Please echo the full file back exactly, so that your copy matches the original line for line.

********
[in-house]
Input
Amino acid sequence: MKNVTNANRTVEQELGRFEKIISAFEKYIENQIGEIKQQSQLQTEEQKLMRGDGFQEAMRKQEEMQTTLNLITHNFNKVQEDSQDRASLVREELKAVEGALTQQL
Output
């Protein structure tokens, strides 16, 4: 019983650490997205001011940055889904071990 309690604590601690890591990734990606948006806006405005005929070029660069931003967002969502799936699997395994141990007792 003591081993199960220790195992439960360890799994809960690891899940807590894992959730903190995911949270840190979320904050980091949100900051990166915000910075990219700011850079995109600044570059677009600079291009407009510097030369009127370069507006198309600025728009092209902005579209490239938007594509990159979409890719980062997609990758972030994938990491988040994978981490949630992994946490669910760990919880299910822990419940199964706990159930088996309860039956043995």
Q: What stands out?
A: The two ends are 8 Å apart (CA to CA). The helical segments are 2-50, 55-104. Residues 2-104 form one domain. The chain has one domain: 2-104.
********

[in-house]
Input
Amino acid sequence: MKNVTNANRTVEQELGRFEKIISAFEKYIENQIGEIKQQSQLQTEEQKLMRGDGFQEAMRKQEEMQTTLNLITHNFNKVQEDSQDRASLVREELKAVEGALTQQL
Output
């Protein structure tokens, strides 16, 4: 019983650490997205001011940055889904071990 309690604590601690890591990734990606948006806006405005005929070029660069931003967002969502799936699997395994141990007792 003591081993199960220790195992439960360890799994809960690891899940807590894992959730903190995911949270840190979320904050980091949100900051990166915000910075990219700011850079995109600044570059677009600079291009407009510097030369009127370069507006198309600025728009092209902005579209490239938007594509990159979409890719980062997609990758972030994938990491988040994978981490949630992994946490669910760990919880299910822990419940199964706990159930088996309860039956043995």
Q: What stands out?
A: The two ends are 8 Å apart (CA to CA). The helical segments are 2-50, 55-104. Residues 2-104 form one domain. The chain has one domain: 2-104.